Robin,Evidence was presented during the Ad Hoc Working group process and has been provided by the Registrars acting on behalf of their registrants. Please go back a review those, in addition, I made some statements during the meeting in Dehli that address that question as well.Bottom line….if we can eliminate tasting while at the same time keeping the AGP for legitimate deletes, which I believe NeuStar and Afilias’ proposals do, then why not create the win-win situation. You state you are skeptical, but at this point, after seeing the statistics from .org (which are contained in the preliminary and final reports) coupled with a number of people explaining that in order to effectively taste, registrars must delete 1000 times more names than they register, the community should look at the evidence.Jeff Jeffrey J. Neuman, Esq. Sr. Director, Law, Advanced Services & Business Development NeuStar, Inc. e-mail: Jeff.Neuman@xxxxxxxxxxFrom: owner-gnso-dt-wg@xxxxxxxxx [mailto:owner-gnso-dt- wg@xxxxxxxxx] On Behalf Of Gomes, ChuckSent: Sunday, February 24, 2008 6:01 PM To: Robin Gross Cc: Mike Rodenbaugh; gnso-dt-wg@xxxxxxxxx Subject: RE: [gnso-dt-wg] Rework of motion Robin,Please note that my comments were addressing the process, not the outcome. Your questions deal with the outcomes, possible policy recommendations, and that is what a PDP is supposed to consider. I have not been advocating for or against the AGP but only fora valid process.Chuck From: Robin Gross [mailto:robin@xxxxxxxxxxxxx] Sent: Sunday, February 24, 2008 5:15 PM To: Gomes, Chuck Cc: Mike Rodenbaugh; gnso-dt-wg@xxxxxxxxx Subject: Re: [gnso-dt-wg] Rework of motion Since we have begun a process to better understand this practice:What is the rationale for keeping the grace period given its use for the unintended practice "tasting", which is not in the interest of the overwhelming majority of Internet users?Or is it?I haven't heard a convincing case for allowing the practice to continue.Thanks, Robin On Feb 24, 2008, at 1:18 PM, Gomes, Chuck wrote:It seems clear to me that my effectiveness in communicating my concernsabout process is falling way short, so let me try in a different way. I strongly believe that the recommendations that the BGC WG for GNSO Improvements with regard to policy development and in particular theworking group model are right on target. I fully understand that thoserecommendations have not been approved yet, but the goals behind them are reasonable goals for us now and are fully consistent with thecurrent PDP. In spite of all of its inadequacies, the PDP as described in the Bylaws was intended to provide a procedure for developing policy in a collaborative way that deals as best as possible with the concernsof as many impacted parties as possible. With or withoutimplementations of the GNSO Improvement Recommendations, our goal shouldnot be anything less.The GNSO Improvement Recommendations specifically suggest that the GNSO Council should move away from being a legislative body. There seems tobe a lot of misunderstanding on this, so let me try to illustrate my views by using the latest Whois work as an example. Would it have beenacceptable to implement the OPoC proposal just because there was simplemajority support on the Council? I do not think so, but under a legislative approach, that would have been okay. If we operate the Council as a legislative body, then our goal will be to come up withpolicies for which we can gain simple majority support. But that wouldresult in policy recommendations that I believe are far from consensus and certainly do not come close to addressing the needs of many stakeholders. The legislative approach is much faster; that is a fact. But I do notbelieve that it would result in the best policy recommendations. Again,I cite the OPoC proposal.Whois is a much tougher problem than domain tasting but we still need to make sure that we deal with all possible impacts in the best way we can.Bottom up processes take more time but also have the potential of yielding better long-term results that need less tweaking after implementation. Chuck -----Original Message-----From: owner-gnso-dt-wg@xxxxxxxxx [mailto:owner-gnso-dt- wg@xxxxxxxxx] OnBehalf Of Gomes, Chuck Sent: Saturday, February 23, 2008 8:51 AM To: Mike Rodenbaugh; gnso-dt-wg@xxxxxxxxx Subject: RE: [gnso-dt-wg] Rework of motion A few corrections and clarifications below Mike. Chuck -----Original Message-----From: owner-gnso-dt-wg@xxxxxxxxx [mailto:owner-gnso-dt- wg@xxxxxxxxx] OnBehalf Of Mike Rodenbaugh Sent: Friday, February 22, 2008 3:34 PM To: gnso-dt-wg@xxxxxxxxx Subject: RE: [gnso-dt-wg] Rework of motion I would prefer to vote on the proposal ASAP. Council has already decided not to have a Task Force, and had commissioned an open WG already, and has taken Constituency Impact Statements. This proposal has been thoroughly vetted through open process. I see no hope of coming to a solution that RyC will accept, because their positionappears to be that ICANN can't make policy that binds them, unless theyagree. And they haven't agreed to any policy development the last 3 years, except for newTLDs which will make them more money and Inter-Registrar Transfer which will save them money via less disputes.Seems to me that RyC is again trying to delay policy development for as long as they can, by throwing up bogus arguments about lack of process.CG: The open WG was an information gathering WG. The impact statementswere not based on any policy recommendations developed by a PDP. What proposal was "thoroughly vetted"? Certainly not the proposal in the motion.While we won't have a SuperMajority (if indeed we even have a majority), it will be clear why, and the Board can do as it likes. And we can moveonto other issues as we will have done our job. I simply have no confidence that 3 more months will produce anything different in the situation we have today. I have lost patience on this issue because the practice is so facially wrong and has garnered almost unanimous antipathy from the non-contracting community, yet Council have spun our wheels endlessly for about a year now, fruitlessly trying to do anything about it. Process like this gives ICANN a bad name.CG: Whether or not you think additional time will produce what you wantis not the issue. The issue is whether or not we have a legitimate policy development process. -Mike Rodenbaugh -----Original Message-----From: owner-gnso-dt-wg@xxxxxxxxx [mailto:owner-gnso-dt- wg@xxxxxxxxx] OnBehalf Of Neuman, Jeff Sent: Friday, February 22, 2008 12:04 PM To: Avri Doria; gnso-dt-wg@xxxxxxxxx Subject: RE: [gnso-dt-wg] Rework of motion Avri,Is your question to the ICANN GC on whether the ICANN Board can act? Ifthat is the question, the answer is yes. If your question is whether the ICANN's Board decision is binding on the registries, that is a totally separate issue.Irrespective of the answer, whether we call it a new PDP or jus openinga new WG, I guess I am neutral. I would just clarify that rather than having the WG determine a solution, in order to narrow that down, andspeed up the times lines, I would propose that the WG just focus on thesolution presented by the Design Team which I believe is theNeuStar/Afilias solution (unless people think that would be too narrow).Design Team -- Does this sound like a way forward? If so, I could takethe substance of the motion that has been reworked (minus all of the Whereas clauses) and try to come up with a draft charter and proposed time-line to send to the group. (To that end, if someone has a formcharter to use as a template, that would help). If not, I am sure I canwing it. Jeffrey J. Neuman, Esq. Sr. Director, Law, Advanced Services & Business Development NeuStar, Inc. e-mail: Jeff.Neuman@xxxxxxxxxx -----Original Message-----From: owner-gnso-dt-wg@xxxxxxxxx [mailto:owner-gnso-dt- wg@xxxxxxxxx] OnBehalf Of Avri Doria Sent: Friday, February 22, 2008 2:50 PM To: gnso-dt-wg@xxxxxxxxx Subject: Re: [gnso-dt-wg] Rework of motion Hi, Two quick comments:- The issue of whether this would or would not be a consensus policy isone for legal counsel. I can certainly check with legal counsel to find out the status of a decision according to 13f. - We are already in a PDP. As opposed to trying to begin yet another PDP, I would would think a suggestion for an open WG to come up with asolution that could get a supermajority would be a more feasible route.Assuming others in the DT and the council, agree with you. If this is the path the DT suggests, it would be good for the DT to propose the charter and timings. a. On 22 Feb 2008, at 13:45, Neuman, Jeff wrote:A couple of notes: 1. A majority of the Council as opposed to Supermajority is not "deemed to reflect the view of the Council". See Section 12.2. Yes, the Board can act, but again, that Board decision, in my view(and in the view of the other registries) would not be binding on thegTLD Registry Operators because that would not be viewed as "consensusof Internet stakeholders". After all, if a majority is not evendeemed to reflect the view of the Council, then how can it represent ahttp://www.icann.org/tlds/agreements/verisign/registry-agmt- com-01mar06Consensus of Internet stakeholder. 3. The reason I am using the phrase "consensus of Internet stakeholders" is because that is the phrase that is used in the gTLD contracts. See below which is taken from Section 3.1(b)(iv) of the .com agreement (See. htm) which states: "Consensus Policies and the procedures by which they are developed shall be designed to produce, to the extent possible, a consensus of Internet stakeholders, including the operators of gTLDs. Consensus Policies shall relate to one or more of the following: (1) issues for which uniform or coordinated resolution is reasonably necessary tofacilitate interoperability, Security and/or Stability of the Internetor DNS; (2) functional and performance specifications for the provision of Registry Services (as defined in Section 3.1(d)(iii) below); (3) Security and Stability of the registry database for the TLD; (4)registry policies reasonably necessary to implement Consensus Policiesrelating to registry operations or registrars; or (5) resolution ofdisputes regarding the registration of domain names (as opposed to theuse of such domain names). Such categories of issues referred to in the preceding sentence shall include, without limitation: Particularly important is the phrase "including the operators of gTLDs". Now before you try to argue that it is modified by the phrase "to the extent possible", let me state that the following: 1. "To the extent possible" does not mean that if the registries are on the losing side of the vote it is not "possible" to achieve gTLD operator support for a proposal on domain tasting. 2. The gTLD Registries have indicated on a number of occassions that we do believe a proposal to eliminate tasting (in TLDs where tasting hasoccurred) can garner the registry operators support. We are committedto working with you to achieve that. We just need to find a solution that takes into consideration the differences of each of the registries. Now if we are done talking about process, lets get down to business: 1. There is a proposed solution on the table; namely I believe theNeuStar/Afilias proposal (which by the way should be officially postedfor public comment today).2. My recommendation is to take those proposals, get the GNSO Councilto initiate a PDP, and launch a Task Force (or Working Group) open to the community whose sole purpose and charter is to study theimplications of this proposal. I would gladly help ICANN staff in thedrafting of that charter. 3. We follow the strict timing in the Bylaws on the formation of the Task Force/Working Group, elect a chair, and get constituency statements getting them to focus solely on the proposal. This should be very easy, quick and painless.4. Have a Task Force report that analyzes the constituency statementsand public input and modifies the proposal (if necessary). Put that out for comment and draft the final report (all included in the Bylaws). If we follow the strict timing in the Bylaws, which I believe we can, we can have this done, wrapped up and to the Board within 90 days and still before the Paris meeting. This will require some diligent efforts, but let's show that this is possible. Jeffrey J. Neuman, Esq. Sr. Director, Law, Advanced Services & Business Development NeuStar, Inc. e-mail: Jeff.Neuman@xxxxxxxxxx -----Original Message----- From: owner-gnso-dt-wg@xxxxxxxxx [mailto:owner-gnso-dt-wg@xxxxxxxxx] On Behalf Of Avri Doria Sent: Friday, February 22, 2008 12:15 PM To: gnso-dt-wg@xxxxxxxxx Subject: Re: [gnso-dt-wg] Rework of motion On 22 Feb 2008, at 11:41, Rosette, Kristina wrote:eff, good question. I'd appreciate clarification of that, too, to make sure we're all on the same page. The transcripts of the GNSO Council meeting and Thursday wrap-up are far from crystal clear. Asfor your other point, I had understood that the bylaws do not requiresupermajority support of Council before Board can vote. If there's language elsewhere that controls, I'd appreciate if you would pointme in the right direction so that I'm working from the same baseline.Hi, As I read the by-laws, appended below, the Council does not need to achieve a supermajority in order to forward on a decision (note 11b). A non supermajority view, though, is treated differently by the board (13b vs. 13f).In terms of this DT, the purpose is still to present a way forward forthe council to discuss. That can be a motion, a motion plus update ofconstituency statements, or a WG charter. The motion can be based on the reworked version Alan has presented, or another motion all together, e.g. the elimination of a required AGP as was suggested by many of the comments or some other motion. I think it is best if the way forward leads to a supermajority position. If we can't get a motion that would be able to garner supermajority support, then perhaps we need to do more work and a WG charter might be the right way forward. a. from the by-laws ----------------------- 11. Council Report to the BoardThe Staff Manager will be present at the final meeting of the Council,and will have five (5) calendar days after the meeting to incorporate the views of the Council into a report to be submitted to the Board (the "Board Report"). The Board Report must contain at least the following: a. A clear statement of any Supermajority Vote recommendation of the Council; b. If a Supermajority Vote was not reached, a clear statement of all positions held by Council members. Each statement should clearly indicate (i) the reasons underlying each position and (ii) the constituency(ies) that held the position; c. An analysis of how the issue would affect each constituency, including any financial impact on the constituency; d. An analysis of the period of time that would likely be necessary to implement the policy;e. The advice of any outside advisors relied upon, which should beaccompanied by a detailed statement of the advisor's (i) qualifications and relevant experience; and (ii) potential conflicts of interest; f. The Final Report submitted to the Council; andg. A copy of the minutes of the Council deliberation on the policyissue, including the all opinions expressed during such deliberation, accompanied by a description of who expressed such opinions. 12. Agreement of the Council A Supermajority Vote of the Council members will be deemed to reflect the view of the Council, and may be conveyed to the Board as theCouncil's recommendation. Abstentions shall not be permitted; thus allCouncil members must cast a vote unless they identify a financial interest in the outcome of the policy issue. Notwithstanding the foregoing, as set forth above, all viewpoints expressed by Council members during the PDP must be included in the Board Report. 13. Board Vote a. The Board will meet to discuss the GNSO Council recommendation as soon as feasible after receipt of the Board Report from the Staff Manager.b. In the event that the Council reached a Supermajority Vote, theBoard shall adopt the policy according to the Council Supermajority Vote recommendation unless by a vote of more than sixty- six (66%) percent of the Board determines that such policy is not in the best interests of the ICANN community or ICANN.c. In the event that the Board determines not to act in accordancewith the Council Supermajority Vote recommendation, the Board shall (i) articulate the reasons for its determination in a report to the Council (the "Board Statement"); and (ii) submit the Board Statement to the Council. d. The Council shall review the Board Statement for discussion with the Board within twenty (20) calendar days after the Council's receipt of the Board Statement. The Board shall determine the method (e.g., by teleconference, e-mail, or otherwise) by which the Council and Board will discuss the Board Statement. e. At the conclusion of the Council and Board discussions, the Council shall meet to affirm or modify its recommendation, andcommunicate that conclusion (the "Supplemental Recommendation") to theBoard, including an explanation for its current recommendation. In theevent that the Council is able to reach a Supermajority Vote on the Supplemental Recommendation, the Board shall adopt the recommendation unless more than sixty-six (66%) percent of the Board determines that such policy is not in the interests of the ICANN community or ICANN. f. In any case in which the Council is not able to reachSupermajority, a majority vote of the Board will be sufficient to act.g. When a final decision on a GNSO Council Recommendation or Supplemental Recommendation is timely, the Board shall take a preliminary vote and, where practicable, will publish a tentativedecision that allows for a ten (10) day period of public comment priorto a final decision by the Board.IP JUSTICE Robin Gross, Executive Director 1192 Haight Street, San Francisco, CA 94117 USA p: +1-415-553-6261 f: +1-415-462-6451 w: http://www.ipjustice.org e: robin@xxxxxxxxxxxxx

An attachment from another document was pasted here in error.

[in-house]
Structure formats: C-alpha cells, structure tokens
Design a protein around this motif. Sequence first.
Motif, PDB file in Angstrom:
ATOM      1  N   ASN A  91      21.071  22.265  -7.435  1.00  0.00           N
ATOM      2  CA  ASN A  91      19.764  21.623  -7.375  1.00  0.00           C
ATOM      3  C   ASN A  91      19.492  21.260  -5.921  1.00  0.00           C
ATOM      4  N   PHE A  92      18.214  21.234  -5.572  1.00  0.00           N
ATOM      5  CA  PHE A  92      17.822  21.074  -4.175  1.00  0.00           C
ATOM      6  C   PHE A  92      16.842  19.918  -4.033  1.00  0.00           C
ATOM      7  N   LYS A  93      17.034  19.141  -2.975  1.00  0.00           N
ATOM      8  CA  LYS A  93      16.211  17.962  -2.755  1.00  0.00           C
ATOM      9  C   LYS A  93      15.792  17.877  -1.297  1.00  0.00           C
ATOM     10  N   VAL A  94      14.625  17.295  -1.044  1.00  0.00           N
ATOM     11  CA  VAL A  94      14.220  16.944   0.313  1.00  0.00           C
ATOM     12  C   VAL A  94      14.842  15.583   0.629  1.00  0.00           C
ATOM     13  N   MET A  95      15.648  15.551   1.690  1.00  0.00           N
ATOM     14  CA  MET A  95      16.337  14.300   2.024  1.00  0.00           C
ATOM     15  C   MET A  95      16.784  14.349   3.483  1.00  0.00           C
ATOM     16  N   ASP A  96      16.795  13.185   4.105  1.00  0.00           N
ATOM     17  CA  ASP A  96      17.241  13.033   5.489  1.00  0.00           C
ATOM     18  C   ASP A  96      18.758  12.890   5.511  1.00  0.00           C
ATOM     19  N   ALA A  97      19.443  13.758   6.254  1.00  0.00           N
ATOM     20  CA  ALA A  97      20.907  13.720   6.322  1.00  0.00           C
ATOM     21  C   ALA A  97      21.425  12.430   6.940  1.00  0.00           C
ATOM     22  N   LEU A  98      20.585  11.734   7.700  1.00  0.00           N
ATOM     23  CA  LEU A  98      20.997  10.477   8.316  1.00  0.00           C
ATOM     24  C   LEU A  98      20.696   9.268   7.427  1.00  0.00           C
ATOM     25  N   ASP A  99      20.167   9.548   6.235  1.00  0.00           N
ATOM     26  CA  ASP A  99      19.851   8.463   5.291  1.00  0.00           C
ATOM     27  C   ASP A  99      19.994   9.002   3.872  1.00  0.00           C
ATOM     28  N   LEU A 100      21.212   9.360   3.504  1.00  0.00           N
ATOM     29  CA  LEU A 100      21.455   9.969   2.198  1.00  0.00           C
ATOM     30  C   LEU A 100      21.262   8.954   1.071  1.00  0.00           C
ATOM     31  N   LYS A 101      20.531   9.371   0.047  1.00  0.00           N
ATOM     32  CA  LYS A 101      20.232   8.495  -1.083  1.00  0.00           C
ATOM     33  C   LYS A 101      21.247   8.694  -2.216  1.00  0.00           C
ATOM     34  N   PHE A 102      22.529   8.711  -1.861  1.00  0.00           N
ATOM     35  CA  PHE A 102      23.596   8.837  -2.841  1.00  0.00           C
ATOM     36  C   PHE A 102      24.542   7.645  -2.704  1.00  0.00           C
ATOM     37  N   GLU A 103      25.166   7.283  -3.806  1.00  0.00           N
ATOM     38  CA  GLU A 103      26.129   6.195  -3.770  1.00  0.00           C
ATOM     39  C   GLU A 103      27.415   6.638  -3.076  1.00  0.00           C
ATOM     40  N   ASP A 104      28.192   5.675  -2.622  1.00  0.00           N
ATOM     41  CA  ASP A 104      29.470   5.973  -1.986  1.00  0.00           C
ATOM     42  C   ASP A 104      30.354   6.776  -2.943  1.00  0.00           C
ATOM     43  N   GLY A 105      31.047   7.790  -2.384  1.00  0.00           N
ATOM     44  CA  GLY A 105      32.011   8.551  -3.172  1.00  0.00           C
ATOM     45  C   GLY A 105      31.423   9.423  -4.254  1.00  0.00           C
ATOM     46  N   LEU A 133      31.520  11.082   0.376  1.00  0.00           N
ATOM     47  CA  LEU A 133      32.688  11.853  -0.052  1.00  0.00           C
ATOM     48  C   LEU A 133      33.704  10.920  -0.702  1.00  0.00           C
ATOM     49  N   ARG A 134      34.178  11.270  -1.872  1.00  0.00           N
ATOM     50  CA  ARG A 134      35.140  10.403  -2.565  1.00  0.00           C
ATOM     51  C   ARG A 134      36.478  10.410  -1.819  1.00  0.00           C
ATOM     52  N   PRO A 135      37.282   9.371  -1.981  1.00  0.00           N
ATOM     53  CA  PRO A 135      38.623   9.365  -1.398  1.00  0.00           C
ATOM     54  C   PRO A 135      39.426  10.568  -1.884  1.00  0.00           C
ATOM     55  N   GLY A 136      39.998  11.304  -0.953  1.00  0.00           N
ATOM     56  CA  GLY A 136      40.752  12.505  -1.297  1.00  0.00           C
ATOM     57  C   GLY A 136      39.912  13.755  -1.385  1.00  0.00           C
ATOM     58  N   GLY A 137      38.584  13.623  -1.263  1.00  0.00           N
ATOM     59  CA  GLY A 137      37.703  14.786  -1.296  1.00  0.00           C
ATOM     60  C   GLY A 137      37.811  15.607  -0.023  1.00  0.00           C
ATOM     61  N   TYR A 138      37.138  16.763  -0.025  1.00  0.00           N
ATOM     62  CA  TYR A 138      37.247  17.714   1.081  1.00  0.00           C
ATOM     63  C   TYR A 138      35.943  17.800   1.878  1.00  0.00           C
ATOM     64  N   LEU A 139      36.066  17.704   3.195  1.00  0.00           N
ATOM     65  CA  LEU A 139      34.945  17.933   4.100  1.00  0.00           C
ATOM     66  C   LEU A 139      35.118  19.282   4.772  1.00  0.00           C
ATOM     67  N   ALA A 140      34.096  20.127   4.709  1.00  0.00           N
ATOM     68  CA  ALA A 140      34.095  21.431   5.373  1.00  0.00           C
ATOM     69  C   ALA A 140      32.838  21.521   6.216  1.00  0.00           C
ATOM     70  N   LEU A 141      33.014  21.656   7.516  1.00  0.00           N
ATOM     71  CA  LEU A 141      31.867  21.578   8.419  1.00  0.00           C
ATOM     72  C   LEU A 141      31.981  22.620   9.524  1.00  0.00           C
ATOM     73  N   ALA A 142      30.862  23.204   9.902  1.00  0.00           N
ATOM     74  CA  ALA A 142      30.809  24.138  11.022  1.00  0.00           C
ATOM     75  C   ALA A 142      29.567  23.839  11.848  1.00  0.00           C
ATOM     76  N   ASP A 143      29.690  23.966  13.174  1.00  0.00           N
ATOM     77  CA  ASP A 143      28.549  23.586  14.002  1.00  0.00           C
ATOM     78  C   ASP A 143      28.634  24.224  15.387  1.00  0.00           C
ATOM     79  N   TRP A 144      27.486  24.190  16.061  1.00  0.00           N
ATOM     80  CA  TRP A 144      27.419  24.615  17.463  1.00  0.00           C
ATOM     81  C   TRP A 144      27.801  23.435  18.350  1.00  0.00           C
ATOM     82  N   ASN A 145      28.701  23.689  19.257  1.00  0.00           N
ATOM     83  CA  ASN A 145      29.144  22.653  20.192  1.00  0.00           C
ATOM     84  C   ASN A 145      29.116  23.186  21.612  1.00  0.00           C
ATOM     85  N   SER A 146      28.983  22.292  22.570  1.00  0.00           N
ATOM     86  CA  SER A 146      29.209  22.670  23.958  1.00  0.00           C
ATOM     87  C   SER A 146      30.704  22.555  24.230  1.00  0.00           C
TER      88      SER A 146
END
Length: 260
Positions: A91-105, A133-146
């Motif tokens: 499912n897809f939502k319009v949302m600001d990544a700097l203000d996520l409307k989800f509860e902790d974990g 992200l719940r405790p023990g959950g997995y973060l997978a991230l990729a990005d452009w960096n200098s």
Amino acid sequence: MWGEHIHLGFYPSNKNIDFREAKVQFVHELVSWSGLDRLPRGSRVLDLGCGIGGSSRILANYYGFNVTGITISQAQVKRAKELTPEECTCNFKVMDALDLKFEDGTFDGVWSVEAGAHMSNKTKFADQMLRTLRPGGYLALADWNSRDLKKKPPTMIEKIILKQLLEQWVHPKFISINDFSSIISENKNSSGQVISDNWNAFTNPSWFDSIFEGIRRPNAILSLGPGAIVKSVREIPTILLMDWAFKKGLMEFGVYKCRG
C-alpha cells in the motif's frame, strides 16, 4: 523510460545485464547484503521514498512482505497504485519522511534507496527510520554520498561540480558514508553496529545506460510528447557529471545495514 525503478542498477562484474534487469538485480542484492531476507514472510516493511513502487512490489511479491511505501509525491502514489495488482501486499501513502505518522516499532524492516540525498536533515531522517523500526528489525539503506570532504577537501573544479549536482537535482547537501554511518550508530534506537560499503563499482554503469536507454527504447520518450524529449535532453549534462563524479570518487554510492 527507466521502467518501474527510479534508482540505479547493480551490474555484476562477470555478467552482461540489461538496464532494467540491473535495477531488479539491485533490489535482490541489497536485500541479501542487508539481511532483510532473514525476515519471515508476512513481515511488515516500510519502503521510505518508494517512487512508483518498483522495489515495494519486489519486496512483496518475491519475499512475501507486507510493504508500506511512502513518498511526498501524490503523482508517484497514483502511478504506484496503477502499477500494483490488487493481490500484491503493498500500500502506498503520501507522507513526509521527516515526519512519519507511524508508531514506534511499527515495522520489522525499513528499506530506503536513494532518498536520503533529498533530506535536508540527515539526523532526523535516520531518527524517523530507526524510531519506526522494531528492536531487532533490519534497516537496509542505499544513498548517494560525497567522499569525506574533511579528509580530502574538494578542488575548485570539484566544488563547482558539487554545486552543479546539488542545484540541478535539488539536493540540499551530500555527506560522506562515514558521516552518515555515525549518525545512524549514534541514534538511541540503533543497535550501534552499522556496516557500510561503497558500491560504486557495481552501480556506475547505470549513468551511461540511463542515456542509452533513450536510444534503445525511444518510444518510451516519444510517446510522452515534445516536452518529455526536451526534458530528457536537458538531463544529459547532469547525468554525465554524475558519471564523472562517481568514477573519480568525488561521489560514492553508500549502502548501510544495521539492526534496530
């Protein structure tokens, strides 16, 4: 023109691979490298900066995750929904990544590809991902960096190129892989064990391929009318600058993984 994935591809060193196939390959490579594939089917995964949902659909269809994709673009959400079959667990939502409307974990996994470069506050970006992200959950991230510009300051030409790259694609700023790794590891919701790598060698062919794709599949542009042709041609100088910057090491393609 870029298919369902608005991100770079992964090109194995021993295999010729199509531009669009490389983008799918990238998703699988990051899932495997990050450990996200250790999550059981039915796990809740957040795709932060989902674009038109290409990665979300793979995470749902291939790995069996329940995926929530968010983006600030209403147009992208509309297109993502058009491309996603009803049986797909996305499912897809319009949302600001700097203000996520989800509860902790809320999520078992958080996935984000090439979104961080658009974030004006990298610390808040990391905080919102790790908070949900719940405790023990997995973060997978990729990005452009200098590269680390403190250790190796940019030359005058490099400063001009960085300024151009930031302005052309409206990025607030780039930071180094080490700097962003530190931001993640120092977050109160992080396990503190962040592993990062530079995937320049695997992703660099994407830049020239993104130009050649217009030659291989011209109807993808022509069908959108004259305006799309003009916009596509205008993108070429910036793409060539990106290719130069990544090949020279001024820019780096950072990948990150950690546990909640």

IP JUSTICE Robin Gross, Executive Director 1192 Haight Street, San Francisco, CA 94117 USA p: +1-415-553-6261 f: +1-415-462-6451 w: http://www.ipjustice.org e: robin@xxxxxxxxxxxxx